- Investment in the electricity sector grew by 12 percentage points to 43 percent between 2014 and 2016
"India is moving to the center stage of global energy affairs"
- Looking at the investments, growing demand and declining of existing oil fields, "we need a miracle" to avoid a major supply disruption problems in 2020s
Fossils fuels are no longer the largest recipient of investment in the energy sector, the latest report from the International Energy Agency said Tuesday.
Investment in the electricity sector received the largest level of investment for the first time ever, growing its share by 12 percentage points to 43 percent between 2014 and 2016. In comparison, over the same period, investments in upstream (exploration and production) oil and gas fell 44 percent.
"The key finding is that (the) global energy industry spent last year 12 percent less than the previous year," Fatih Birol, executive director of the IEA, told CNBC on Tuesday. "A big decline," he described.
According to the IEA, the global drop in energy investment was mainly caused by falling unit capital costs in upstream oil and gas but also due to reduced drilling and less fossil fuel-based power capacity.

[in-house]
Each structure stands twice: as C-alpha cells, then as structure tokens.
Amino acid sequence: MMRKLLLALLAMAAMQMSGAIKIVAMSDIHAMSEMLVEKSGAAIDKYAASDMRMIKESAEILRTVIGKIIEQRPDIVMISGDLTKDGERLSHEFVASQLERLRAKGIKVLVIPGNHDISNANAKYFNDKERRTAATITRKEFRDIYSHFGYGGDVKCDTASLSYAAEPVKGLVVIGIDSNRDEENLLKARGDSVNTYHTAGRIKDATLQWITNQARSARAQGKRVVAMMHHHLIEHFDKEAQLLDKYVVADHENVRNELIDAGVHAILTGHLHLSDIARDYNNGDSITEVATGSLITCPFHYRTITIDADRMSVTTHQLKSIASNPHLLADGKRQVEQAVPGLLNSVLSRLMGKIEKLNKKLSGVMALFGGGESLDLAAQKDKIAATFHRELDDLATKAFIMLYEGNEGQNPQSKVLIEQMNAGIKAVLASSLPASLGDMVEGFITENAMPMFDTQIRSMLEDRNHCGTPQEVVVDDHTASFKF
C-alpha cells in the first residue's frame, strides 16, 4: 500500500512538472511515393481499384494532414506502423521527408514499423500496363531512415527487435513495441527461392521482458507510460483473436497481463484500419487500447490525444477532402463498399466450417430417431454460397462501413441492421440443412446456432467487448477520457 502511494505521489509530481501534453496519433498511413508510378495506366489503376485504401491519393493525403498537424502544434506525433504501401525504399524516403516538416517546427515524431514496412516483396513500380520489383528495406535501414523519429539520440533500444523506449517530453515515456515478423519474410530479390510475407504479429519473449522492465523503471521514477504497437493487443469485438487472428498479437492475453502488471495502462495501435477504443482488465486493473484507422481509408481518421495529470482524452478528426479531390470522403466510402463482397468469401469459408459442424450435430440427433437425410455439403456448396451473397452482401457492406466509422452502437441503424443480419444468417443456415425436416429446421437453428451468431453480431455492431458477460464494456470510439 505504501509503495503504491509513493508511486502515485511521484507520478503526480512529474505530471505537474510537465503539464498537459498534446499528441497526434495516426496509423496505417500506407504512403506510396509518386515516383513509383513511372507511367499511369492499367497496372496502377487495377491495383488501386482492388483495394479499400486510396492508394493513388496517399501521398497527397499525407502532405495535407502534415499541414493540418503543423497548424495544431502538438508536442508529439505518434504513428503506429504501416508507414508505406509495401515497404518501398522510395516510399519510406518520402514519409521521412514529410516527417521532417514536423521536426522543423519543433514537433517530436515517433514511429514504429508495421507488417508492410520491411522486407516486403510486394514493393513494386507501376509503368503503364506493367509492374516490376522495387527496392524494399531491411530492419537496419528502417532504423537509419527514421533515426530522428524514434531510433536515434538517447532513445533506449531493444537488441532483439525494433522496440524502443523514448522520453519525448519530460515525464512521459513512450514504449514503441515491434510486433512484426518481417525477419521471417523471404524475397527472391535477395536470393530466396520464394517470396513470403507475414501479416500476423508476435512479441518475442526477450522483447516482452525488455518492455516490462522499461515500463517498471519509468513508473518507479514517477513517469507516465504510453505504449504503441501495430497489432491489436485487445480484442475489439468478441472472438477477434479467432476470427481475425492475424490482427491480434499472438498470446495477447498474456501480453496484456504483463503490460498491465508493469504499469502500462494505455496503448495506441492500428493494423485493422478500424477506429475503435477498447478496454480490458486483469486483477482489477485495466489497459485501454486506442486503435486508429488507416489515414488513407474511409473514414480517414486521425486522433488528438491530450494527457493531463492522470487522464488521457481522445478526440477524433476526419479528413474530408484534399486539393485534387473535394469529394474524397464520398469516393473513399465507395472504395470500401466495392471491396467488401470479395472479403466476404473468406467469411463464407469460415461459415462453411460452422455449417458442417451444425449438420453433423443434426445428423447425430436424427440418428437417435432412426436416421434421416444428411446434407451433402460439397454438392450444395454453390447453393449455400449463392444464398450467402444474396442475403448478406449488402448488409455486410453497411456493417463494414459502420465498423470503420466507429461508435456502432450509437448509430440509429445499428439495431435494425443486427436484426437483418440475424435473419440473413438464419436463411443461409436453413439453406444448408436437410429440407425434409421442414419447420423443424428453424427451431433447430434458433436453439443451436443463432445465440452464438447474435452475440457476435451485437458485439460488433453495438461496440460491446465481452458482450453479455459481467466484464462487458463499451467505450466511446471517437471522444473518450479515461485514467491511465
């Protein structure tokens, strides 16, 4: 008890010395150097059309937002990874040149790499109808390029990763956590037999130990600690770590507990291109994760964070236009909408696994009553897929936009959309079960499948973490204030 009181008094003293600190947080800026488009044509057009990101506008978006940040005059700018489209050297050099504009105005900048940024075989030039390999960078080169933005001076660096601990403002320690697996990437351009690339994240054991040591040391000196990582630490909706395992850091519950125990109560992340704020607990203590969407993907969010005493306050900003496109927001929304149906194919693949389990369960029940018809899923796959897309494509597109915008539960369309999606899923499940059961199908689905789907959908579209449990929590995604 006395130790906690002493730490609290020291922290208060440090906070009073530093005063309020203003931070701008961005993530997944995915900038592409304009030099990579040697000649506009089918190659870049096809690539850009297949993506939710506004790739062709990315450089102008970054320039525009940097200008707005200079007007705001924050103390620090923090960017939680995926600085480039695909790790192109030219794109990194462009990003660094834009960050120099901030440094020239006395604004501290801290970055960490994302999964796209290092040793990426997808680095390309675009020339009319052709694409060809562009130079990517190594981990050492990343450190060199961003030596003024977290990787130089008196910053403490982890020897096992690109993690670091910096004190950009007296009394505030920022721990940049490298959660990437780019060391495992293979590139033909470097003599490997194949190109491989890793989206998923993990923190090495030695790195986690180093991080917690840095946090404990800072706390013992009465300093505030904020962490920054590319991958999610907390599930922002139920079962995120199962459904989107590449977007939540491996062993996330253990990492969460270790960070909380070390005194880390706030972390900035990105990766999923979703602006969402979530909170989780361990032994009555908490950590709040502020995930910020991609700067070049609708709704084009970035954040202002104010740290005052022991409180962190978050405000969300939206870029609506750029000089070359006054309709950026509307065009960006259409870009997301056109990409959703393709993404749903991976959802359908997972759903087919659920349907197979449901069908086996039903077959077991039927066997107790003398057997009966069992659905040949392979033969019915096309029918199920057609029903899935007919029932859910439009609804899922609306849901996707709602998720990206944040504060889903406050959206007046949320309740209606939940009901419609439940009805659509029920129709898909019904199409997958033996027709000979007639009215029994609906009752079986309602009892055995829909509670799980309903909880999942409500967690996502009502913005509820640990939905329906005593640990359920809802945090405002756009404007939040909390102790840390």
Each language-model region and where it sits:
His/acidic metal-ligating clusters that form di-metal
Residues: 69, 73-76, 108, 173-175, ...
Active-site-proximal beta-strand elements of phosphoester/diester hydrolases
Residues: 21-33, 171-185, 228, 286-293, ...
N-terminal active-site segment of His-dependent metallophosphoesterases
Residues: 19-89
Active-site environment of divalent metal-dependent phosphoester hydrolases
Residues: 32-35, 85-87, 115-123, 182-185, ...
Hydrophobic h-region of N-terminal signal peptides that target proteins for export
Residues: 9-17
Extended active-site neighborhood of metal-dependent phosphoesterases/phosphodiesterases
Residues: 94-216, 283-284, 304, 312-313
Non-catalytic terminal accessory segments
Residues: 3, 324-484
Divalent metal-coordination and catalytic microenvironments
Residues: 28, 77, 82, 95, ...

Geographically, China continued to be the largest recipient of energy investment, representing 21 percent of the global share. However, according to Birol from the IEA, the surprising story was India, jumping 7 percent from 2015 to 2016 in terms of energy investment.
"India is moving to the center stage of global energy affairs," he said.
Despite the current drags on investment, the IEA is confident that global oil and gas upstream investment will come back to growth this year, by about 6 percent. This is due to the current OPEC-led deal to freeze production until March 2018, which should revamp prices and boost investment, as well as a 53 percent upswing in U.S. shale investment.
However, the IEA warned that many of the largest oil and gas companies are still implementing a "cautious approach" and as a result have indicated their intentions to revise down their anticipated investment plans in case oil prices do not remain above $50 a barrel.
"What we see is no major rebound," Birol said about market prices in the aftermath of the OPEC deal. "Therefore what worries me a lot is, around 2020s, a major demand-supply gap with serious implications for the markets," he said.
Oil prices fell once again on Tuesday on the back of the IEA's report and an ongoing fuel supply overhang, which has led several banks to cut their price forecasts.
"I cannot talk about prices, but what I can tell you is that when I look at the investments, which are becoming more and more short-term focused, when I look at growing demand and (the decline) of existing oil fields to avoid major supply disruption problems 2020s, we need a miracle," he said.